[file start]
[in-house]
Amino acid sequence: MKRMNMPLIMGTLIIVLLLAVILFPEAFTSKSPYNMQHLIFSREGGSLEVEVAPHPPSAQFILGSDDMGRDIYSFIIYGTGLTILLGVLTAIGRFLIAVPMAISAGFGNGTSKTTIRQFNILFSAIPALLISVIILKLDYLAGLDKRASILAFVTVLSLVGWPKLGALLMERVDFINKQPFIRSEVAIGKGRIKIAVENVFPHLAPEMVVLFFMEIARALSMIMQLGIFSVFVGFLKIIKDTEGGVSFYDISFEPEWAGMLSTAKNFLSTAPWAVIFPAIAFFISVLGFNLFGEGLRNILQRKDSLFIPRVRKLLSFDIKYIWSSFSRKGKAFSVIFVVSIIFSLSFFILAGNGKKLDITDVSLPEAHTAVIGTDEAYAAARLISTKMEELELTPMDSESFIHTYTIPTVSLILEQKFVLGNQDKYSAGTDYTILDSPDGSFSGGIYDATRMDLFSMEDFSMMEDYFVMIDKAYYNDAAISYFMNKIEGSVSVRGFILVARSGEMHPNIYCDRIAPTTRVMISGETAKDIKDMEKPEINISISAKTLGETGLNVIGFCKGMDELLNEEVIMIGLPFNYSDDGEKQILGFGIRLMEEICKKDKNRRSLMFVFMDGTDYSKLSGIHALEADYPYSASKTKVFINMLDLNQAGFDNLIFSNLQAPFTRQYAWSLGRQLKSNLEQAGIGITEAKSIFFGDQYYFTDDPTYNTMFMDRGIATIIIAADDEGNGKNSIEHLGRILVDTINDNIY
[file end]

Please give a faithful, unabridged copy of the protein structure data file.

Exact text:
[in-house]
Amino acid sequence: MKRMNMPLIMGTLIIVLLLAVILFPEAFTSKSPYNMQHLIFSREGGSLEVEVAPHPPSAQFILGSDDMGRDIYSFIIYGTGLTILLGVLTAIGRFLIAVPMAISAGFGNGTSKTTIRQFNILFSAIPALLISVIILKLDYLAGLDKRASILAFVTVLSLVGWPKLGALLMERVDFINKQPFIRSEVAIGKGRIKIAVENVFPHLAPEMVVLFFMEIARALSMIMQLGIFSVFVGFLKIIKDTEGGVSFYDISFEPEWAGMLSTAKNFLSTAPWAVIFPAIAFFISVLGFNLFGEGLRNILQRKDSLFIPRVRKLLSFDIKYIWSSFSRKGKAFSVIFVVSIIFSLSFFILAGNGKKLDITDVSLPEAHTAVIGTDEAYAAARLISTKMEELELTPMDSESFIHTYTIPTVSLILEQKFVLGNQDKYSAGTDYTILDSPDGSFSGGIYDATRMDLFSMEDFSMMEDYFVMIDKAYYNDAAISYFMNKIEGSVSVRGFILVARSGEMHPNIYCDRIAPTTRVMISGETAKDIKDMEKPEINISISAKTLGETGLNVIGFCKGMDELLNEEVIMIGLPFNYSDDGEKQILGFGIRLMEEICKKDKNRRSLMFVFMDGTDYSKLSGIHALEADYPYSASKTKVFINMLDLNQAGFDNLIFSNLQAPFTRQYAWSLGRQLKSNLEQAGIGITEAKSIFFGDQYYFTDDPTYNTMFMDRGIATIIIAADDEGNGKNSIEHLGRILVDTINDNIY